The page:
Set an upper bound for the number of lines  that  will  be  saved  when  they  have
              scrolled off the top of the window.

       -sb    Start  up  with the scrollbar visible.  The scrollbar can be displayed or hidden at
              any time simply by holding down the CONTROL key on the keyboard  and  pressing  any
              mouse  button.  The visibility of the scrollbar does not determine whether scrolled
              text is saved or not - as with xterm, text scrolled off the top of  the  window  is
              always saved up to the current maximum number of lines.

       -rw    Enable  reverse wrapping of the cursor so that, for example, lines typed to a shell
              that are longer than the width of the screen can be edited.  This is  the  same  as
              the xterm reverse wrap option.

       -cc string
              Input  or  modify  the  character classes that are used to determine what is a word
              when a double click is used to select a word of displayed text.  This is  identical
              to  the  same  option in xterm - see the xterm manual page for a description of the
              syntax of string.

              Start up with the window already iconized.

       -msg   Enable messages to the terminal window from programs like  write(1).   By  default,
              xvt  windows have messages disabled.  Executing an xvt with the -msg option has the
              same effect as running it normally and then executing the command mesg y to  enable

       -8     Treat  characters  as  having  eight bits - this is the default.  When in eight bit
              mode, xvt displays eight bit characters and pressing a keyboard key with  the  Meta
              key held down generates the character code with the MSB set.

       -7     Treat characters as having seven bits.  In this mode, each character is stripped to
              seven bits before it is displayed and pressing a keybaord key  with  the  Meta  key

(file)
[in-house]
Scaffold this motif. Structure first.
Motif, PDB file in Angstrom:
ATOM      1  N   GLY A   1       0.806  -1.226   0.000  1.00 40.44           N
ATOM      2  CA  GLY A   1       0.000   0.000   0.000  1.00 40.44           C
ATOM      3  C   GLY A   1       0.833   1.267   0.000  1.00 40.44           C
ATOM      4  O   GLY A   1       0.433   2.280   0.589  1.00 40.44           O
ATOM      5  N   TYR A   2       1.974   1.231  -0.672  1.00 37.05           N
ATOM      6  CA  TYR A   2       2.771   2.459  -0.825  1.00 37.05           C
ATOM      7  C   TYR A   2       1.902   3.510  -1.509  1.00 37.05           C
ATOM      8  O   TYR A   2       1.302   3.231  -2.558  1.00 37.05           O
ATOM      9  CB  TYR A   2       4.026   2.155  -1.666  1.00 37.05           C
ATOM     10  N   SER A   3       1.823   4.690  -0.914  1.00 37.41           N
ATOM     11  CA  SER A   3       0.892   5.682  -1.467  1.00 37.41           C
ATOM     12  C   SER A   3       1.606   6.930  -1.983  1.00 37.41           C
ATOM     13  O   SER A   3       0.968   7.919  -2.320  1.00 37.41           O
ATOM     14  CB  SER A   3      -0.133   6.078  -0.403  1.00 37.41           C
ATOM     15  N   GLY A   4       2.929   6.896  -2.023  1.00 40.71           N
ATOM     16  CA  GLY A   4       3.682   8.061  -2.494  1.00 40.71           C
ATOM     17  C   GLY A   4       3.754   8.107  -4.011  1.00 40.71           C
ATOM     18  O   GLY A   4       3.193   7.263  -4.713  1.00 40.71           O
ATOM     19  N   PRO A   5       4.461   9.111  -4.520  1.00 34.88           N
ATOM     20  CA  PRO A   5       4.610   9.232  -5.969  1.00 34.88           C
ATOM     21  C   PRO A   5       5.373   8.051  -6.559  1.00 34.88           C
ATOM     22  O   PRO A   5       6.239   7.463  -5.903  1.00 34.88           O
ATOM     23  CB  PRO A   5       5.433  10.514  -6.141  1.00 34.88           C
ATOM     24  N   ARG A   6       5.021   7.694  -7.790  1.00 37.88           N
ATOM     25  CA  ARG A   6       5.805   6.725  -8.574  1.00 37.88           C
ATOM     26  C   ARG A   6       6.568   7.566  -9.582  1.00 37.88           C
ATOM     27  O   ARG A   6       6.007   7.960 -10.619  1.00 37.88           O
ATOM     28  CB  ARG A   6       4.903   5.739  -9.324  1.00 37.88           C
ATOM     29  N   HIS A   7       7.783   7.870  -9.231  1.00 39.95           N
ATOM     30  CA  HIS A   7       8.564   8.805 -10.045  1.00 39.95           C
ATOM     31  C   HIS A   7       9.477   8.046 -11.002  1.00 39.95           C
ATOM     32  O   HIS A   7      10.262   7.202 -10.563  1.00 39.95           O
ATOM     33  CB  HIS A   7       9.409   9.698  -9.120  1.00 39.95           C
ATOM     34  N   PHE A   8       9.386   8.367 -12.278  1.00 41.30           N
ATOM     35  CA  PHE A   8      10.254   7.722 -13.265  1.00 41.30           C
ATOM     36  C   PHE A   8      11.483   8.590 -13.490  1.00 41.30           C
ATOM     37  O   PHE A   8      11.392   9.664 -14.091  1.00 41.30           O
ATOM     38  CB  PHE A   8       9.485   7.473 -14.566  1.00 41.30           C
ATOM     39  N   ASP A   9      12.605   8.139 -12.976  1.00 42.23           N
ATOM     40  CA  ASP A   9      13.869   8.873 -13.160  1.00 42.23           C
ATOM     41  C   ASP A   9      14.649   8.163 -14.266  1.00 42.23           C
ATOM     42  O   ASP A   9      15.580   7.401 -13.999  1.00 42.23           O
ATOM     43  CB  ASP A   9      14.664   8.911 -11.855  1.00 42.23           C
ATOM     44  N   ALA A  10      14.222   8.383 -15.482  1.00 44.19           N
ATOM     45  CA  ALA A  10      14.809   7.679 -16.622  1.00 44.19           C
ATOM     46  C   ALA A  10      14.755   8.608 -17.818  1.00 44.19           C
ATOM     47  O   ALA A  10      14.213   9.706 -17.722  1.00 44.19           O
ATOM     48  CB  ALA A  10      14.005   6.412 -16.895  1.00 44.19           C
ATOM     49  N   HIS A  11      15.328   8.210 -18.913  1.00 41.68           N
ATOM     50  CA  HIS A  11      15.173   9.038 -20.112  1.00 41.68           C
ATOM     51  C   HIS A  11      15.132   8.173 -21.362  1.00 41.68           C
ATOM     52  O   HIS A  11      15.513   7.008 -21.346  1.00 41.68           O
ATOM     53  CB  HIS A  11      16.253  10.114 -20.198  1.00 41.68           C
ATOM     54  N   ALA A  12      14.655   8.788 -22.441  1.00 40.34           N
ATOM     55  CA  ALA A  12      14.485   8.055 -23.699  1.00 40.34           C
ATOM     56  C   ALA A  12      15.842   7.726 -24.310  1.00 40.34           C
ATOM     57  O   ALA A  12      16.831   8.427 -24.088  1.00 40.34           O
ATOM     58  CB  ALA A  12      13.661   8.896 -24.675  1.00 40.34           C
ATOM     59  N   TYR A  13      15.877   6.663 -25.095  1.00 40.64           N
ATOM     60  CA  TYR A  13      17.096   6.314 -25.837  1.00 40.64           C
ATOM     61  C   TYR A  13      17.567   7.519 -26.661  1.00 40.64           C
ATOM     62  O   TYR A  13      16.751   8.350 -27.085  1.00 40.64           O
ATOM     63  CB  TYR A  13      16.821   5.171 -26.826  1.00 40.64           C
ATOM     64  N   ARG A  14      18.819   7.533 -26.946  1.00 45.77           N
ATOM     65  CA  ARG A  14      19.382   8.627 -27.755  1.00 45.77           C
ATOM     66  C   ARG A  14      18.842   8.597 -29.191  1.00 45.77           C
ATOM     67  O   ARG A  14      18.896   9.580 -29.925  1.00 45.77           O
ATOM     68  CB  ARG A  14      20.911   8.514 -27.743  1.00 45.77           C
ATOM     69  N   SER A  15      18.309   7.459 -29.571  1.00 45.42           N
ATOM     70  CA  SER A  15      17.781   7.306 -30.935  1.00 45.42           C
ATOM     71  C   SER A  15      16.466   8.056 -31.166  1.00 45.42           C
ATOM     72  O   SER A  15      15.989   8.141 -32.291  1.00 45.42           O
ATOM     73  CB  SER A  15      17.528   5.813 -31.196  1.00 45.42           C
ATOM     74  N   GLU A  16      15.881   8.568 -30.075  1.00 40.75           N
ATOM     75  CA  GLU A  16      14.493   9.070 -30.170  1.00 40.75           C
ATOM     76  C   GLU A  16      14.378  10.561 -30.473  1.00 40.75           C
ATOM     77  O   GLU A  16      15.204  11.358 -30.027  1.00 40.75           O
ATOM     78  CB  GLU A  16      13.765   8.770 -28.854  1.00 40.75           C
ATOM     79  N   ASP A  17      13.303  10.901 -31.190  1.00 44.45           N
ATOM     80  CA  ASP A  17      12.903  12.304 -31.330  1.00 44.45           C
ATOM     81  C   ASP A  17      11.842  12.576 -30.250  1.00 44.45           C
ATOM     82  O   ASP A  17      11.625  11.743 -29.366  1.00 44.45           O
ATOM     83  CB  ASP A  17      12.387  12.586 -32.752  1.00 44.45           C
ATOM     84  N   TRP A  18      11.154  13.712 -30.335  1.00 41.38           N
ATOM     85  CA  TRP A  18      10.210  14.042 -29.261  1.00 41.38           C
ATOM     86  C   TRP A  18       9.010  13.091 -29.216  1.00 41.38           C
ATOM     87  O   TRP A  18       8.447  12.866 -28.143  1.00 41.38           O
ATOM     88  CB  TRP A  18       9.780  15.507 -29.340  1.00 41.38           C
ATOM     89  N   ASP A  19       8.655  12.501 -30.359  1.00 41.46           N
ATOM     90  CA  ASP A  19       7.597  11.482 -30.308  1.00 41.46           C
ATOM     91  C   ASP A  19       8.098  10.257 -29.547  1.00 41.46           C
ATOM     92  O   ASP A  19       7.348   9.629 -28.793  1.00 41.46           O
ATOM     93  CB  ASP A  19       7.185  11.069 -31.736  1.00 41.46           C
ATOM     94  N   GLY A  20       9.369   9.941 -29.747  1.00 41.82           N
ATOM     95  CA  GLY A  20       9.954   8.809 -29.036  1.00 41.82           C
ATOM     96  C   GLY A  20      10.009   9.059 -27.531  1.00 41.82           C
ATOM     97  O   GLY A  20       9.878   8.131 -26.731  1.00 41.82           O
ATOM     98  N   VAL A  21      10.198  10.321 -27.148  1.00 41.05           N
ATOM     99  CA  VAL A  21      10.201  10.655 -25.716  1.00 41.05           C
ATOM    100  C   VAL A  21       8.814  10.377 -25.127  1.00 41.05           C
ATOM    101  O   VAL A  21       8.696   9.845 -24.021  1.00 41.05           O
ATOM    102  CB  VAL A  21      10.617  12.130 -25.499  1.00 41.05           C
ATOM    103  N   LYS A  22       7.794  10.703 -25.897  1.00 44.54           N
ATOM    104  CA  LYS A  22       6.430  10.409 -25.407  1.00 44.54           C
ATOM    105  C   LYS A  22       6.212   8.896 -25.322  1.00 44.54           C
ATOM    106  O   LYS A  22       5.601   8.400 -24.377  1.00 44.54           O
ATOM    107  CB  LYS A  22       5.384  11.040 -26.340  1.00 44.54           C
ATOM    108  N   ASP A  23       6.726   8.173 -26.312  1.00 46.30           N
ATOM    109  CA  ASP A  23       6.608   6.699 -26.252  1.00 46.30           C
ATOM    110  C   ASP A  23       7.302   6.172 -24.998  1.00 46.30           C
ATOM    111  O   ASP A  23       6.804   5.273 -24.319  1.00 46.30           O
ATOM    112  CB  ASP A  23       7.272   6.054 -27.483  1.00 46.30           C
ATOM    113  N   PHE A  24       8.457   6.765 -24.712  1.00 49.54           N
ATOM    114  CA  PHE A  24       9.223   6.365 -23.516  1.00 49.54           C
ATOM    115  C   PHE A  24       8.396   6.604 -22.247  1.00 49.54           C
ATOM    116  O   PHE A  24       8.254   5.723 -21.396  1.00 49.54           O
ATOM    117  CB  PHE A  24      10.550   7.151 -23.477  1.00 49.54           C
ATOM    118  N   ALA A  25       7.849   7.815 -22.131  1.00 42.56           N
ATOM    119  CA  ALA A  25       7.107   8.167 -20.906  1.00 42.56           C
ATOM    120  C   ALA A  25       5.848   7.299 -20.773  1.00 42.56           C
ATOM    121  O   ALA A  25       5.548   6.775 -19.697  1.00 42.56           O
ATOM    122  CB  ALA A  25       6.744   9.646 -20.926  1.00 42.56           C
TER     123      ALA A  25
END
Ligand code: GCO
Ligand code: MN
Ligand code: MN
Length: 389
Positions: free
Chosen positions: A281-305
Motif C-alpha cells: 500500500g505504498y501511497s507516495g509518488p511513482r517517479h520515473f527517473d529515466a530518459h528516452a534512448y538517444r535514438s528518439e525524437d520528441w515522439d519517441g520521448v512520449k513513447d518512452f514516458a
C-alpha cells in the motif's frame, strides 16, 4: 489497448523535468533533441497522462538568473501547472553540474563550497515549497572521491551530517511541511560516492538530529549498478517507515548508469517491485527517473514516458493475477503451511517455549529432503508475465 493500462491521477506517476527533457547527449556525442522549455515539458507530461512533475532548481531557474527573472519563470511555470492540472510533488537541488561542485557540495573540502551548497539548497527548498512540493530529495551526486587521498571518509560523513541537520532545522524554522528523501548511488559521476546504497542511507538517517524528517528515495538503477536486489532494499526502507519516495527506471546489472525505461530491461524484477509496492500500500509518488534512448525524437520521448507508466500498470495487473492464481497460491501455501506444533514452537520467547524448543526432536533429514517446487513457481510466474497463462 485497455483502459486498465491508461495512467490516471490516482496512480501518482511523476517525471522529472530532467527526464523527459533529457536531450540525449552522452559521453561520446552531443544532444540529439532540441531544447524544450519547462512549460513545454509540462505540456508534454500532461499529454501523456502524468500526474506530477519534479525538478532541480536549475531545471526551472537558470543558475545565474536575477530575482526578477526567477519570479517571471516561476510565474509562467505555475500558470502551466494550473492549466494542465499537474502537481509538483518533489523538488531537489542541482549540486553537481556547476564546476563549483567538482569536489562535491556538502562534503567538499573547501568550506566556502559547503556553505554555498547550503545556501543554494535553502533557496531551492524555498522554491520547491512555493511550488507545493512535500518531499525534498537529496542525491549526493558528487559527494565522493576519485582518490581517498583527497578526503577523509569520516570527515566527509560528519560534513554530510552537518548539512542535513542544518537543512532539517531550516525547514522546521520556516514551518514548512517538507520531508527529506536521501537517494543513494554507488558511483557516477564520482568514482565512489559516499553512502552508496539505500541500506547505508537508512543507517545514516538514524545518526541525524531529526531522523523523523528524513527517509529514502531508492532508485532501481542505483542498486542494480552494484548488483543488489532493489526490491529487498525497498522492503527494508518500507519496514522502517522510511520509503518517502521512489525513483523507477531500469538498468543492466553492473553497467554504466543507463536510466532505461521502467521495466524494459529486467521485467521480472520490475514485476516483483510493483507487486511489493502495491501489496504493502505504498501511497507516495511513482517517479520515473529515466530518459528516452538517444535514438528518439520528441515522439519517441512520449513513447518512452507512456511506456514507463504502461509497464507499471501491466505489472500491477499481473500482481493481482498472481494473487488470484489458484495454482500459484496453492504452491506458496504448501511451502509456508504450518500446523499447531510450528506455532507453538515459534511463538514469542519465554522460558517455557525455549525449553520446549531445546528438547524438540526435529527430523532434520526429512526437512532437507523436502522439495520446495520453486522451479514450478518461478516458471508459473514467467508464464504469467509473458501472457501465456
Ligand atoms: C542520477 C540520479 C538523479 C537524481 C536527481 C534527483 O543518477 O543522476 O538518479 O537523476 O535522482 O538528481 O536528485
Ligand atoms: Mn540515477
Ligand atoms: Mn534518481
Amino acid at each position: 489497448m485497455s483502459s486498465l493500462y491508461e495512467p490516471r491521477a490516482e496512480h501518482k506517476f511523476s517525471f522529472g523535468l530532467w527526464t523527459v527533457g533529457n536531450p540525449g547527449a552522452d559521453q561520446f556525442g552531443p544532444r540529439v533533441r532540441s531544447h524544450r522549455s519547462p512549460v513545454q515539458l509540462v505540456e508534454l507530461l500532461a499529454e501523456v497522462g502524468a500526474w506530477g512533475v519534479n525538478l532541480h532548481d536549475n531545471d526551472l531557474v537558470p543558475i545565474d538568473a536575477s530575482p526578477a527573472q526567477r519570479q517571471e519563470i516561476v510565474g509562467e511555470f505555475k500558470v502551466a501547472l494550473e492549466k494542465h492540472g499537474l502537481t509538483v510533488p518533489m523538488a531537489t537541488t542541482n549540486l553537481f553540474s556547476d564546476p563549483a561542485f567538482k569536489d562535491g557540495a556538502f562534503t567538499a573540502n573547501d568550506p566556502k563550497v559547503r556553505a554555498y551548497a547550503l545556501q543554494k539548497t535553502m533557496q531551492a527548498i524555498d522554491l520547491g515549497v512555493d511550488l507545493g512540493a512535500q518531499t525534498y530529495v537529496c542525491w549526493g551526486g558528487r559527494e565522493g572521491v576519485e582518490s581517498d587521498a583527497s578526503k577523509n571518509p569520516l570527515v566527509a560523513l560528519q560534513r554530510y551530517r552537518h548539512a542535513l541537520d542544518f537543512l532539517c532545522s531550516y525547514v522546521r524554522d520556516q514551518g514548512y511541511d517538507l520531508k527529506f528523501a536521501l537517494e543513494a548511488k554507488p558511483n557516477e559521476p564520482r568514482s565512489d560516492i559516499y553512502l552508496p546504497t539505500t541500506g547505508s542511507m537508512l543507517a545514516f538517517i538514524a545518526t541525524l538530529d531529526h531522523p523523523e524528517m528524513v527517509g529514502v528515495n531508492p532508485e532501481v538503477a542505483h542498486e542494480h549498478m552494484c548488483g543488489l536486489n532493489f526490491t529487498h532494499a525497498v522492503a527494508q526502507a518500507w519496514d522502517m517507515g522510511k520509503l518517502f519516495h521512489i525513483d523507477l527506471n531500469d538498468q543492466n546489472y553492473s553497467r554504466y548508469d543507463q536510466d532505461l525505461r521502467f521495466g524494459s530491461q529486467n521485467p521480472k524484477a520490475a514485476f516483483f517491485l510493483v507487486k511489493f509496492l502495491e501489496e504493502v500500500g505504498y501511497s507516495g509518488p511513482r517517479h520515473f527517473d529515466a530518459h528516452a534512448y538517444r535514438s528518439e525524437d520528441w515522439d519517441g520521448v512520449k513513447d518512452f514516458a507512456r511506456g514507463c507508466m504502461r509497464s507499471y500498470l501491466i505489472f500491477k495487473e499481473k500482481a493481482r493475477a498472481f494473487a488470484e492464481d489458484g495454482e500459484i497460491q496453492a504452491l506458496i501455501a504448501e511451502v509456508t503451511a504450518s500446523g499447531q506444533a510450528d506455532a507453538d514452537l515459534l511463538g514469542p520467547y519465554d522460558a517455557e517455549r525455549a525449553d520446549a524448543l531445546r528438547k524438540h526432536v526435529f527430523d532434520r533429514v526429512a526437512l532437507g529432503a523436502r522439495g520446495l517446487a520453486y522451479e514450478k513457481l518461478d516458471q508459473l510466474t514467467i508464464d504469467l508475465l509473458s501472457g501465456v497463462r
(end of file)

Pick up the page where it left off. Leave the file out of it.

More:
held down causes the normal character to be preceded by the Escape character.

       -ls    Run  a  login  shell.   This  option  causes  xvt  to execute its shell with a name
              beginning with `-'.  In the case of csh(1) this results in the .login  and  .logout
              files being interpreted at the start and end of the session.

       -sf    Enable  Sun  function  key  escape codes.  The default is standard xterm compatible
              function codes.

       -rv    Run in reverse video - that is, exchange  the  foreground  and  background  colors.
              This  option  has  no  effect  if  either the foreground or background color is set

       -C     Connect this terminal to the system console.  This option is only  implemented  for
              SunOS 4 and for a user who has read and write access to /dev/console.

              Same as -C.


       Almost  all  the command line options have X resource counterparts and these are listed in
       the following table.  Like xterm, xvt uses the class name XTerm and  so  resource  options
       set for XTerm will work for both xterm and xvt windows.

                                  Command line options and X resources
                                                          X resource
                            Command line          Instance            Class
                        -background or -bg     background        Background
                        -bd                    borderColor       BorderColor